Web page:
Reflections on International Space

Neal Ascherson

It is not what they built. It is what they knocked down.
It is not the houses. It is the spaces between the houses.
It is not the streets that exist. It is the streets that no longer exist.

James Fenton, ‘A German Requiem’

The topic of international space is like one of those monstrous catfish which used to loaf around the hot-water outfalls of the Berlin power stations. You could hook it, net it, spear it, or even seize it in your arms if it were not so heavy and slippery. In an effort to get some grip on international space I have followed James Fenton by asking, in three different ways, whether it might be between things – not the houses but the spaces between the houses. It could be looked at as a system of gaps, blanks or crevices between social or diplomatic entities. Or, in an Einsteinian space-time way, as the space which appears when a social or diplomatic house or houses fall down: a vacancy measurable in terms of power, geography and time – usually a pretty short time. Or, lastly, it is possible to understand it as a sort of air-pocket, like the spaces which preserved a few fortunate people in the Gujarat earthquake. What interests me is the space which opens out or is excavated under the reinforced concrete of a tyranny, and within which human behaviour can regain authenticity.

The international community, as we are still rightly reluctant to call it, is a cellular structure whose most obvious spatial component is the nation-state. Most people would probably prefer to hear about concentric multiple identities than about nation-states, but I am discussing international space, not subjective affiliations. Certainly, there is concentricity to be found in international space. Some states contain sharply defined political regions or are formal federations, while many – especially in Europe – are engaged on a programme of pooling sovereignty under a supranational council or commission. This is only part of the historic weakening of the nation-state, as its once absolute authority leaks downwards to the regional level and upwards to the transnational plane. But it is important to recognise that this weakening, which will eventually transform the texture of international space out of recognition, is only in its early stages. For the moment, the political world we inhabit is a cellular honeycomb of nation-states, though some cells are far bigger than others. In power terms, the cellular image can dangerously misrepresent the substance of international relations, in that it suggests a sort of fictional one-state one-voice equality, on the UN General Assembly or OSCE model: it does not illustrate the forces of penetration and control which one strong imperialist state or group of states can exert over others. But international space and its divisions have to be understood in the first place as a form.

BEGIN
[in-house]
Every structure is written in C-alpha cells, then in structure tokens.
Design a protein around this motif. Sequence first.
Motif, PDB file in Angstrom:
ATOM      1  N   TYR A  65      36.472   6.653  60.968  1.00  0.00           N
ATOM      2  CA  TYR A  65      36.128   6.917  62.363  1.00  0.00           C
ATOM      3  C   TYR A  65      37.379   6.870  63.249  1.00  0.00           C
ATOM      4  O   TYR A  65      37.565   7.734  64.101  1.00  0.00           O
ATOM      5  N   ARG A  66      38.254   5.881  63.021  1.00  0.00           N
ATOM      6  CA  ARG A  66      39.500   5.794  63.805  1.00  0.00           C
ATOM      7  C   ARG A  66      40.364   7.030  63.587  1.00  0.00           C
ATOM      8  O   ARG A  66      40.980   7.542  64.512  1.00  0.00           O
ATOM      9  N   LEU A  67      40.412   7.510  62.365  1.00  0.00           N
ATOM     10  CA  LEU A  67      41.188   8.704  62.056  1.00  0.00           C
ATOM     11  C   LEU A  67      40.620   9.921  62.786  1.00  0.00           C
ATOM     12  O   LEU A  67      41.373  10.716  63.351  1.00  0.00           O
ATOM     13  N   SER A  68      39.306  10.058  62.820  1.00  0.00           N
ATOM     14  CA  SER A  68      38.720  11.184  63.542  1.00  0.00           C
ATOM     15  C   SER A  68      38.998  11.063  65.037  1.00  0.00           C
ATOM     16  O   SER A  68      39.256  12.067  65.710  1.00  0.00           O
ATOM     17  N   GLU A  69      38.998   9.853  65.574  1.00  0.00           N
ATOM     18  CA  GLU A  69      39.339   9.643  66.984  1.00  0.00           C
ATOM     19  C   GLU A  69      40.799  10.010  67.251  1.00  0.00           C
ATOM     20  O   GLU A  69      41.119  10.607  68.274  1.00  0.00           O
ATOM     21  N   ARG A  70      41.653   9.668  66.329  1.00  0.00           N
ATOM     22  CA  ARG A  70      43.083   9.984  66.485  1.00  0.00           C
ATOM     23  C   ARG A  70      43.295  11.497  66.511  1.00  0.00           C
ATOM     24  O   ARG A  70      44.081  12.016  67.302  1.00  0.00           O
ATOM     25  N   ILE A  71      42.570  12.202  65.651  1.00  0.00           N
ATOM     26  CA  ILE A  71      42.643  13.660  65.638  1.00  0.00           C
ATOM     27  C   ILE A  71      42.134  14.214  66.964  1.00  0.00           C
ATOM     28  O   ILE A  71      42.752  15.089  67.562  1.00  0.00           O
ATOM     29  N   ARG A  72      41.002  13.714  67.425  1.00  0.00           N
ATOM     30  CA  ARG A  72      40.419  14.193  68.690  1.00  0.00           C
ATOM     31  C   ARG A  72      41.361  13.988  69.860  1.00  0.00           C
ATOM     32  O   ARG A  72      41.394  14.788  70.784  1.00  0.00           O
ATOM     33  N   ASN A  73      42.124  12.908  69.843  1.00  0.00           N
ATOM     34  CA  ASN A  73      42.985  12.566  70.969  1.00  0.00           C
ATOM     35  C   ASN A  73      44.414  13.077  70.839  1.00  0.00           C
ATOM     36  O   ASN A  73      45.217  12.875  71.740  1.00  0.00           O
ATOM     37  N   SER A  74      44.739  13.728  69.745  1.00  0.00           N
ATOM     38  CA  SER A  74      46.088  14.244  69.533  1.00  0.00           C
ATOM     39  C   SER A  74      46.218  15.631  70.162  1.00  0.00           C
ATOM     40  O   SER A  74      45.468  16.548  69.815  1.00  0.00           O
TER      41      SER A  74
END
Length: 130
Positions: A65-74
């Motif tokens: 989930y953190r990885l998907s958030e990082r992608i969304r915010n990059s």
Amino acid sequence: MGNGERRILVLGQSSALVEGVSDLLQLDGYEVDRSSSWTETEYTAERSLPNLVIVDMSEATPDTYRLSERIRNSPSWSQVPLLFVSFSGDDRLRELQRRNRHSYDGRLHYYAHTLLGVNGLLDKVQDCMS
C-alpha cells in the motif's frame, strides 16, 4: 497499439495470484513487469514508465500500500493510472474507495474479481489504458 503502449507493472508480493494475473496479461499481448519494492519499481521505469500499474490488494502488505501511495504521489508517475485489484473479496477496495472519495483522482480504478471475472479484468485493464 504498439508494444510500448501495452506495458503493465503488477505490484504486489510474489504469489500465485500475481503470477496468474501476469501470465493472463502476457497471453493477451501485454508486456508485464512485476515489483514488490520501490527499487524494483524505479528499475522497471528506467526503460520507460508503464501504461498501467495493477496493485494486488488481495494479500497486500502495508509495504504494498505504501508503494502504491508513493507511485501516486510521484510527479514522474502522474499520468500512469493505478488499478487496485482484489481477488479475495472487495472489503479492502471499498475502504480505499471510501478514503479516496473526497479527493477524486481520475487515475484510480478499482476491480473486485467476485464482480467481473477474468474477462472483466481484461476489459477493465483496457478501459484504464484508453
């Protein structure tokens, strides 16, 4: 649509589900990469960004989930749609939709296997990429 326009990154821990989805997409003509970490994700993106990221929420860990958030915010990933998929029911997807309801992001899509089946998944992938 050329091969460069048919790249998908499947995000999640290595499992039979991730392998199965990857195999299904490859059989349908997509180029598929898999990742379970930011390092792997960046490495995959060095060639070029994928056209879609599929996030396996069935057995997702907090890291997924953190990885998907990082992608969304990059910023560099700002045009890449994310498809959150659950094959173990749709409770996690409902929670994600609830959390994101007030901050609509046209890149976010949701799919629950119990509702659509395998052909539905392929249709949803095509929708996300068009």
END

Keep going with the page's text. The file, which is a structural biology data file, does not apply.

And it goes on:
Cells have walls. International space, in recent times, has presented a pattern of territorial boundaries, some artificially delimited and others – like the English Channel or the Drakensberg mountains – so-called natural boundaries. The important question is how permeable these cells walls are. At least, it has seemed the important question to Europeans and those under their influence for the last three hundred years or so, and to the post-colonial continents for the last century. This was plainly not always so. The notion of physical boundaries disappears into the past, but most of them were relative rather than total. Any pastoral community knows precisely the stone outcrop and the thorn bush where one common grazing ends and another neighbouring pasture begins, but the rules about where goats can go in such societies are not necessarily the same as the rules about where people can go. Again, Hadrian’s Wall was not the Berlin Wall – a total partition – but something more specialised, at once a motorway toll-station and a radar early-warning line made of stone, timber and earth. Roman emperors constructed similar barriers elsewhere, for example in Germany or the Danube Delta. But apart from obstacles like the Danube, the Alps or the High Caucasus, ancient empires were much less clearly demarcated than the close-packed small farms of Attica or Central Italy in classical times.

It would be a waste of time to narrate the hardening of the cell walls, the advent of the idea of physical frontier barriers which were more than just tollgates. That is part of the story of the early modern nation-state, a Eurocentric story whose most interesting and formative event was the 1648 Peace of Westphalia which ended the Thirty Years’ War, laying down the principle of non-intervention in the internal affairs of sovereign states. (There is a case for saying that Europeans lived in the Westphalian system until the ‘humanitarian intervention’ in Kosovo in 1999.) But it is interesting to watch the parallel development of what could be called a ‘cellular discourse’ outside the strictly political field, especially in the later 19th century.